Posts Tagged ‘redundancy’

The job industry has become more competitive in current years now that applicants can go job hunting from the comfort of their own home with websites such as Linked IN and Seek.

With vast quantities of people online and marketing themselves to prospective organizations, it has become a requirement to be digital savvy to stand out above the pack.

For older generations who are accustomed to seeking work the traditional way, this has the potential to leave them out of their element and overlooked by employers.

“I believe it’s my age, I’m in that age bracket, in my 50’s, where a lot of companies are not interested in taking on somebody in that age bracket,” said Denise Docker, who has been out of work for two years now since the Government made her last job redundant.

Age has been shown to be a handicap in certain fields due to an assumed  lack of technical competency, the business image or physical requirements.

Older people, who have been out of work for a while, are now finding prospective employers are expecting basic skill sets involving digital technologies.

“If I was employing for a role that needed knowledge in certain technologies, then if an older candidate had the same aptitude with those technologies as the younger candidate, they certainly wouldn’t be discriminated against,” said Ray Pascoe, a small company owner.

For people such as Denise, who was let go from her last job due to Government budget cuts, it is fitting that the Government assume responsibility for providing her with training to make her more employable in the current job market.

Denise said that she was contacted by Seek to study for a certificate four in business free of charge, as they received Government sponsorship for people who were struggling to find work.

This is yet another example of the benefits which some people may be unknowingly forgoing as they have yet to step foot into the cyber world.

Online job hunting does pose its flaws as well as its advantages however.

Whilst it makes it easier for people to network and get in touch with the right people, it also floods the job market and dilutes the talent pool when employers are forced to sift through dozens, or sometimes hundreds of online job applications.

Like with most elements of day to day life that have integrated themselves online, society will need to find its balance with the new and the traditional to find synergy.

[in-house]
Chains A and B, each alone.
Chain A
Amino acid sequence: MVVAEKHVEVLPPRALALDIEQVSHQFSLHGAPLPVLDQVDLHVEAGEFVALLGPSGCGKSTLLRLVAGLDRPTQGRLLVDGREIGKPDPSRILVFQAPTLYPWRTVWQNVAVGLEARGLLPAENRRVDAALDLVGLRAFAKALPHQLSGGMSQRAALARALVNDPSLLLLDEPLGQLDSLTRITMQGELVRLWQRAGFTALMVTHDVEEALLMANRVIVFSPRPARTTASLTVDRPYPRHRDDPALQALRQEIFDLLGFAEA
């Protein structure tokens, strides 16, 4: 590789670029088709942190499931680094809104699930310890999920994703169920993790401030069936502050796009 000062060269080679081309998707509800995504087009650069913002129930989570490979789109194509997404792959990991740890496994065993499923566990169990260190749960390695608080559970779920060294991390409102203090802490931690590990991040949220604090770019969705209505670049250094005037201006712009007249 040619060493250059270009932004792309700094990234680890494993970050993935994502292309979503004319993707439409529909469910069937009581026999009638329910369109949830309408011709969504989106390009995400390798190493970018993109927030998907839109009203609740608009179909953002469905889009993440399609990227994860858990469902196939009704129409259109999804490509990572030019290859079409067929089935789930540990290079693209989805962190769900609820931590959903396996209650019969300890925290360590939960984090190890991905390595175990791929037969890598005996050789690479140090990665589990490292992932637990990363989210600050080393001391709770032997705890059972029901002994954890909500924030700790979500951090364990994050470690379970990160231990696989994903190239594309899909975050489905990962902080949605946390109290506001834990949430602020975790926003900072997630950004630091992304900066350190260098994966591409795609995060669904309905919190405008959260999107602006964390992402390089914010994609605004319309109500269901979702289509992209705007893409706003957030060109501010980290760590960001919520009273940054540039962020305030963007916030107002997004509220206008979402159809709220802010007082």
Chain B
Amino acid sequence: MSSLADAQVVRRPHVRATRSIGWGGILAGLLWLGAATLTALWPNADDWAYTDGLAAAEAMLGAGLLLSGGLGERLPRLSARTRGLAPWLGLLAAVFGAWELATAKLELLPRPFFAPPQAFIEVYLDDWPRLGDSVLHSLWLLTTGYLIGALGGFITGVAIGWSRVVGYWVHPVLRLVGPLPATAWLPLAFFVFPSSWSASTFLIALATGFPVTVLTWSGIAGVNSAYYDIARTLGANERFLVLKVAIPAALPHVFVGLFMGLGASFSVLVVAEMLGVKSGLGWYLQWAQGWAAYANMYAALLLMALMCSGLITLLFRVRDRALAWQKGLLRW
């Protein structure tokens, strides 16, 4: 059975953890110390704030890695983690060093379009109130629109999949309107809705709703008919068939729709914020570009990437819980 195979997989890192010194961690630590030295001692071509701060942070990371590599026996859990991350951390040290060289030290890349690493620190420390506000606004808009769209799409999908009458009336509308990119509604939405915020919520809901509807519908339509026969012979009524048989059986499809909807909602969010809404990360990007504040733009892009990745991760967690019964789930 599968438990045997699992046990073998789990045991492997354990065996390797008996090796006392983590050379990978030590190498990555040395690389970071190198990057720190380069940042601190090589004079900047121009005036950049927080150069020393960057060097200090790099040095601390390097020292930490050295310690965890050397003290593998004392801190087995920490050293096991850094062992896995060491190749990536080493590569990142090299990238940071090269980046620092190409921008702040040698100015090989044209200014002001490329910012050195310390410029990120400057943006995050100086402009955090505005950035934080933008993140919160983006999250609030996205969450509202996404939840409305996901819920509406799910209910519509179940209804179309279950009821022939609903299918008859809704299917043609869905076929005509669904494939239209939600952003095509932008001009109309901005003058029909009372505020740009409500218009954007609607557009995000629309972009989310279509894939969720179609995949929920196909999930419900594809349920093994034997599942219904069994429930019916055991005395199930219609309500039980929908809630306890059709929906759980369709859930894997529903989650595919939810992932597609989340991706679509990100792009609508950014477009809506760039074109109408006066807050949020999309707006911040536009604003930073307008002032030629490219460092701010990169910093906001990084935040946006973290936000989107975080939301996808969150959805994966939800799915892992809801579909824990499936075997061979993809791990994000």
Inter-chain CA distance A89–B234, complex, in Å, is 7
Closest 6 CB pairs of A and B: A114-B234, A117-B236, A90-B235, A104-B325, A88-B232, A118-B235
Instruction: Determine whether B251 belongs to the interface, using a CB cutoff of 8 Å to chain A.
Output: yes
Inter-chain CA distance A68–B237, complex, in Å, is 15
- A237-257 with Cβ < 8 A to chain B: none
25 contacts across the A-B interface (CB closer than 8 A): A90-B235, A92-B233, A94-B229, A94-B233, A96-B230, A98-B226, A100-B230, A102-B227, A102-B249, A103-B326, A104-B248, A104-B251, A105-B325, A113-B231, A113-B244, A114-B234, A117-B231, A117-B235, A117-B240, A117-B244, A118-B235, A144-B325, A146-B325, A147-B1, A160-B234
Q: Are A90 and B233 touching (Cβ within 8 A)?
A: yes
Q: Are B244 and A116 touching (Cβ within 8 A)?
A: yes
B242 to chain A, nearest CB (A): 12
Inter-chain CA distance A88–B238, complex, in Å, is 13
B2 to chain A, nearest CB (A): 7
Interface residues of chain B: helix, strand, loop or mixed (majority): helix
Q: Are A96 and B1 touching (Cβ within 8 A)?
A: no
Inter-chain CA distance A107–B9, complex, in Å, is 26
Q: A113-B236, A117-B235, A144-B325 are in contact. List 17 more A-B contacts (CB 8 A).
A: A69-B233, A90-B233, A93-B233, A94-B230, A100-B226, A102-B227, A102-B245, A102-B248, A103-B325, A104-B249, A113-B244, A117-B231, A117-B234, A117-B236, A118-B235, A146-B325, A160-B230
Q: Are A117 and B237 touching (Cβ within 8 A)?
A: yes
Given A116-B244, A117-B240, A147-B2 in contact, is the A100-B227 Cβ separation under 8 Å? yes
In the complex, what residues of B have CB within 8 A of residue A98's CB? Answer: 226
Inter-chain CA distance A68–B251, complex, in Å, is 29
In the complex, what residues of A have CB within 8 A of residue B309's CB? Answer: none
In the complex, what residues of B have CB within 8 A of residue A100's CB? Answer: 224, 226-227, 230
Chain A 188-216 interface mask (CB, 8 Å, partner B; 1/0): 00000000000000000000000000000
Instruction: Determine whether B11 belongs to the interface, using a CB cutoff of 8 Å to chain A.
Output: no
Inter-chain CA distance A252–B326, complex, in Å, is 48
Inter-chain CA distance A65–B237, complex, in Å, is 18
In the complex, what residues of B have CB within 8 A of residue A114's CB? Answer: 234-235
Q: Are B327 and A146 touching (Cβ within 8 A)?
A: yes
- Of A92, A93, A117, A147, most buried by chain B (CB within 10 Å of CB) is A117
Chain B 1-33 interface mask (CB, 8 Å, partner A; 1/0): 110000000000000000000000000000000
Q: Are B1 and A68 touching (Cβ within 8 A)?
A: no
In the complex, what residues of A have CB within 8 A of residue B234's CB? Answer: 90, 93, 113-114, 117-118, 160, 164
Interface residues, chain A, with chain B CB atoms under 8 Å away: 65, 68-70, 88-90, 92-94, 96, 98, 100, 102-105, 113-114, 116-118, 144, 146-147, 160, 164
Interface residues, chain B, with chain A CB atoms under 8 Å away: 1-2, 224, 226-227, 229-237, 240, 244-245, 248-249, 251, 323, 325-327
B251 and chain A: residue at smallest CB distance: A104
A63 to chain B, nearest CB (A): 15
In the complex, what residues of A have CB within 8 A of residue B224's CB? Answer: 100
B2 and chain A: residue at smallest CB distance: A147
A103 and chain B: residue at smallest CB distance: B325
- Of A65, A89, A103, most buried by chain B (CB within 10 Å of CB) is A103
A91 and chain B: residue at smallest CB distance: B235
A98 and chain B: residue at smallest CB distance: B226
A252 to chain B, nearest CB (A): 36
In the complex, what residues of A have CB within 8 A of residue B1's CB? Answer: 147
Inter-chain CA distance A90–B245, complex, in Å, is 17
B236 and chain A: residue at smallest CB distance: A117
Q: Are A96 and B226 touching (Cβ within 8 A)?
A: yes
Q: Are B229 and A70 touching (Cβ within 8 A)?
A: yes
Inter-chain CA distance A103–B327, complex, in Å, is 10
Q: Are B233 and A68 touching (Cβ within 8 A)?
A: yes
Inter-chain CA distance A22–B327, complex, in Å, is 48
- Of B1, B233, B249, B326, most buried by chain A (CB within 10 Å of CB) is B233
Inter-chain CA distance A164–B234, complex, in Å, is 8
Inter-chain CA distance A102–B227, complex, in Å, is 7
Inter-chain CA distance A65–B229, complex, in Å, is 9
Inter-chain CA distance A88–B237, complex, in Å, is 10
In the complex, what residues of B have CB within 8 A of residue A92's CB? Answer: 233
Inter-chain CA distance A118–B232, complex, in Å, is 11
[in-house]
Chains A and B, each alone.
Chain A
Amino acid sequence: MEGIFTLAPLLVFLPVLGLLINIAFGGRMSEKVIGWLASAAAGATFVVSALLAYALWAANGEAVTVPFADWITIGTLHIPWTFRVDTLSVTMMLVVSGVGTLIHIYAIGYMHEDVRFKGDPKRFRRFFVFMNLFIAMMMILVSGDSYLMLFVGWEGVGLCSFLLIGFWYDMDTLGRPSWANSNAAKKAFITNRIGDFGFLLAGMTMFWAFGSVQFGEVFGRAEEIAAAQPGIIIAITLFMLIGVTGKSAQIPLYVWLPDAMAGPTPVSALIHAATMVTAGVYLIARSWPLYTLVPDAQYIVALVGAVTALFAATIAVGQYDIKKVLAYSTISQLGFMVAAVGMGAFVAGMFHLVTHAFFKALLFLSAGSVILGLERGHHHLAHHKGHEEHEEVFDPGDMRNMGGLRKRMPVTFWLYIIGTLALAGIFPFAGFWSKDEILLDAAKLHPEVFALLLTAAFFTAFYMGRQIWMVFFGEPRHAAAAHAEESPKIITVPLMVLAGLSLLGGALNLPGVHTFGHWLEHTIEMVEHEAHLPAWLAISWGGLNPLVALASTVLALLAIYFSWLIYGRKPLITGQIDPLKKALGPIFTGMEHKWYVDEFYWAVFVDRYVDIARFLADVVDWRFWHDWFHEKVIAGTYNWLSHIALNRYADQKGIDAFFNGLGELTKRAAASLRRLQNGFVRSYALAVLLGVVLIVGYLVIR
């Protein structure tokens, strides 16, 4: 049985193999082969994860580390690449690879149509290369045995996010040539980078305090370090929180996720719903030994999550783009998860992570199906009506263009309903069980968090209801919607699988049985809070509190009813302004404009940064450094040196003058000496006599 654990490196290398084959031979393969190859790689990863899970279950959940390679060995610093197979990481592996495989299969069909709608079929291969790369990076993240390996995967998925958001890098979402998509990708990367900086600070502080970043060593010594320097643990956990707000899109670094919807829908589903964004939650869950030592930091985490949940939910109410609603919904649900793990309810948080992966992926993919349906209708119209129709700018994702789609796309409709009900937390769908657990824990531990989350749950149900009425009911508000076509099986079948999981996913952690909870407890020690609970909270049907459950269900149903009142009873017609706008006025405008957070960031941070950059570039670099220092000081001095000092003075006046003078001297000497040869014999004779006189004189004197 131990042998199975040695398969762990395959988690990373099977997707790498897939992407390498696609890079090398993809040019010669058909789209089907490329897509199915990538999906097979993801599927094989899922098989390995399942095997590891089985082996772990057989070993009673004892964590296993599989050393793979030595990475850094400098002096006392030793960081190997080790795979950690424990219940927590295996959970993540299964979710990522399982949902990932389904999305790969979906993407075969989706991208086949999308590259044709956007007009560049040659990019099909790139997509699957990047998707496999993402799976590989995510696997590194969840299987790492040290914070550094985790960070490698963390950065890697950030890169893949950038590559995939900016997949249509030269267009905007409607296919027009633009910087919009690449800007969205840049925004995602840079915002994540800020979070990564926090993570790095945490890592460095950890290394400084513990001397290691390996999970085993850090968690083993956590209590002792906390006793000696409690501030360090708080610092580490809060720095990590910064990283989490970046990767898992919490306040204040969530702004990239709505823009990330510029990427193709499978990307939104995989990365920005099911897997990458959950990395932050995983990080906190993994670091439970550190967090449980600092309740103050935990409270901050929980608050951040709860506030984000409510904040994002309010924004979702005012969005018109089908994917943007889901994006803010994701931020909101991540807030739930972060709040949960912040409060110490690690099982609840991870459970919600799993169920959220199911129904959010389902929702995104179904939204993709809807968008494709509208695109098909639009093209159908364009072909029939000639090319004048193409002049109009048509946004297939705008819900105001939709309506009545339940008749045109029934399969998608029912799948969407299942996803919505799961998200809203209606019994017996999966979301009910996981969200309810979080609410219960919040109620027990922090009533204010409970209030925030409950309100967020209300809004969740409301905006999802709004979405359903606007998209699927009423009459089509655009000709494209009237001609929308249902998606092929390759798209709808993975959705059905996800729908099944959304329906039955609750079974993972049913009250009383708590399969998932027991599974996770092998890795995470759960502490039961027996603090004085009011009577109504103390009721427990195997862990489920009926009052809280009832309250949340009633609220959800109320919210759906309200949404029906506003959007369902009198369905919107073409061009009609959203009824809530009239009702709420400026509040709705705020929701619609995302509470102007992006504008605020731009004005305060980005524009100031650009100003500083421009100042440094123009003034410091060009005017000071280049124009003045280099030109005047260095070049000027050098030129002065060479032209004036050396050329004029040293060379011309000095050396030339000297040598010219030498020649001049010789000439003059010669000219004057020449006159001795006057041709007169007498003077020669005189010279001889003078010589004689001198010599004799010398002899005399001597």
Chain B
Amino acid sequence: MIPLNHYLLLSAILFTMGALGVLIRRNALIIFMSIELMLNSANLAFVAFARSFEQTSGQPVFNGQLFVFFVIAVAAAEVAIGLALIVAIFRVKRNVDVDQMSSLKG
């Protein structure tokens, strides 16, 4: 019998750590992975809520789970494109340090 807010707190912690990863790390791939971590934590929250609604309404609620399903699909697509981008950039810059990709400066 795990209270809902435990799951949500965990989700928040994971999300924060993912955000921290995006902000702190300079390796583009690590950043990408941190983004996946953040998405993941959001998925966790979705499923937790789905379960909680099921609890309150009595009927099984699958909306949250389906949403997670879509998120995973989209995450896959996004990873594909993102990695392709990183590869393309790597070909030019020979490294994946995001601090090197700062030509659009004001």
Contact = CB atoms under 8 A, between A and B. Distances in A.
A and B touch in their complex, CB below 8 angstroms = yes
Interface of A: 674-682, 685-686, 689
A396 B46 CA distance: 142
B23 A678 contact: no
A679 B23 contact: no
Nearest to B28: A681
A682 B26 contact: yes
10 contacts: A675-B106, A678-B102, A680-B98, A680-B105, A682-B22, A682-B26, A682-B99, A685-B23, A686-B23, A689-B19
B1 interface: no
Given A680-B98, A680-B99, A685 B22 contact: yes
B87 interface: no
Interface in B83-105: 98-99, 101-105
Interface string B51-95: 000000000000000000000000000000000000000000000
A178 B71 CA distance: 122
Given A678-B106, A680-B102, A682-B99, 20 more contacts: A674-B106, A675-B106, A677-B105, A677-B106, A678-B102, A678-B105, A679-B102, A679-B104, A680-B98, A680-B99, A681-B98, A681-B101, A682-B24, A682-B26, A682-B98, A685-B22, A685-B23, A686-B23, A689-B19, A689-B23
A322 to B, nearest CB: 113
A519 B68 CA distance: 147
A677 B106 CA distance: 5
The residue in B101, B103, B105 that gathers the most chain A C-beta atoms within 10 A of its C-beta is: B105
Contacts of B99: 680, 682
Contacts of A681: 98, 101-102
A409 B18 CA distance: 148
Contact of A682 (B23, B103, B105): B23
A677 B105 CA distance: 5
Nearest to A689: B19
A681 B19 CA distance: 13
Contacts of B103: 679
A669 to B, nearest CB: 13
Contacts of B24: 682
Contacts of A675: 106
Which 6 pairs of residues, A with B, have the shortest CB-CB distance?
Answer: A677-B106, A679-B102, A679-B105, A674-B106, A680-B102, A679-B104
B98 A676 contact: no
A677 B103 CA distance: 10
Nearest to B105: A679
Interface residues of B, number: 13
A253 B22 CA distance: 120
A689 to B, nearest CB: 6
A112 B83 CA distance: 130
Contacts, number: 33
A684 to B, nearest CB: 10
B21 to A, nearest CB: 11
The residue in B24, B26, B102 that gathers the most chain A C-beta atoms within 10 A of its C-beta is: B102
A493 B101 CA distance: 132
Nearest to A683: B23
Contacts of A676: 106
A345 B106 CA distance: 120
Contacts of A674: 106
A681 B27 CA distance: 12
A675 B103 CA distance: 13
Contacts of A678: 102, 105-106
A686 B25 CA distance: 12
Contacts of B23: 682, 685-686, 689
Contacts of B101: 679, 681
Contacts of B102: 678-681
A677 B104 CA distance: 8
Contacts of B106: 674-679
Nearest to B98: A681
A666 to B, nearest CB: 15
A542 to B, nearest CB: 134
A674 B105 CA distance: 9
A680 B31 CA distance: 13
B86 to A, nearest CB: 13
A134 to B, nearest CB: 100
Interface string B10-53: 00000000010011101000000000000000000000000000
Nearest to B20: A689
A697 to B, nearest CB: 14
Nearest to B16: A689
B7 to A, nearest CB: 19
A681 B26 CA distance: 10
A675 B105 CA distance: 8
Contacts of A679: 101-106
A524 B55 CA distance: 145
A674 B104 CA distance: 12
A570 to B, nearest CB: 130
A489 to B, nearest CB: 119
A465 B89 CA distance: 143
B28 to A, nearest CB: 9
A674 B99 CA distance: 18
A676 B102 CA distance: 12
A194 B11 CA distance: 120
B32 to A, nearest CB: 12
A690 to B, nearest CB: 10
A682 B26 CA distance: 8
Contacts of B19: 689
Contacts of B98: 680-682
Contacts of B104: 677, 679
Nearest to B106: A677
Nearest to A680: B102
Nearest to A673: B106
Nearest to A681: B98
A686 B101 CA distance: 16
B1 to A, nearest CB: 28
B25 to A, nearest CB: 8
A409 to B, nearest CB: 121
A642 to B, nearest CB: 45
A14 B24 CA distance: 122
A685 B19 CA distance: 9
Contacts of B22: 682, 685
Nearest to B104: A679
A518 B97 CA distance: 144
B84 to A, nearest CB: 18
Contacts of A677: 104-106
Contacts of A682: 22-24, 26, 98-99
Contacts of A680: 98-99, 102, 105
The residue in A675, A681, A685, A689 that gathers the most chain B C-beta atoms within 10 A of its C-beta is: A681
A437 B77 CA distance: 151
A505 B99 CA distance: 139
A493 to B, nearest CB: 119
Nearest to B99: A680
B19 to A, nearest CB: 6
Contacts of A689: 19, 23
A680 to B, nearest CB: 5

Recovering after redundancy (ALJ710 Lisa McGrath)

Posted: May 28, 2014 by lsmcgr in Music

By Lisa McGrath

With uncertainty in our economic climate, more people are facing the prospect of a redundancy. In recent years, Australia has seen thousands of people lose jobs, particularly in the manufacturing, telecommunications, mining and airline industries. Australian jobs have also been shipped offshore including sectors in call centres, banking, retail and information technology (IT). However, it’s not all doom and gloom, according to the Australian Bureau of Statistics (ABS), the number of people unemployed decreased by 29,900 to 713,200, in March 2014.

Redundancy is a fact in our working lives, which many of us can not avoid. A job loss is a traumatic experience and while most of us take the news personally, sometimes there are other factors at play; where the job loss had nothing to do with the individual. Market changes, reorganisation, restructuring and change in executive management are all too prevalent in today’s business landscape, which can often lead to a loss of job. Professional services are available to help individuals move on and secure another job elsewhere. Some career assistance services will take a step further and encourage an individual to focus on the areas of interest and look at the change as an opportunity and not a rejection. Sometime’s a redundancy can be the best thing that ever happened to us. It can free you and force you to get out of your comfort zone.

Many people lives have changed for the better both personally and professionally. This story is about focusing on the positive and embracing the many opportunities waiting to be discovered.

Ian Renouf found himself in this position and quickly fell in the trap of feeling rejected. He lost his motivation which ultimately impacted on his love of competing in Ironman’s and triathlon’s. For a brief time, Ian lost control and stopped doing the things he loved doing the most in life. This caused a downward spiral where he almost reached the point of depression. Ian quickly picked himself up, dusted himself off and began searching online where he found the help of a career mentor. Richard Webbe coached Ian on building a memorable resume, interviewing with confidence and how to get in front of key corporate decision makers. Armed with these tips and some pre-arranged introductions, Ian was ready to face the world with a new outlook and perspective. He managed to secure a role which was a step up from his previous job and more challenging. Ian is now back in the game and back into his fitness training. He has now entered himself into several thriathlon’s and has more energy and motivation than ever before.

Trading Economics –, retrieved 19 may 2014.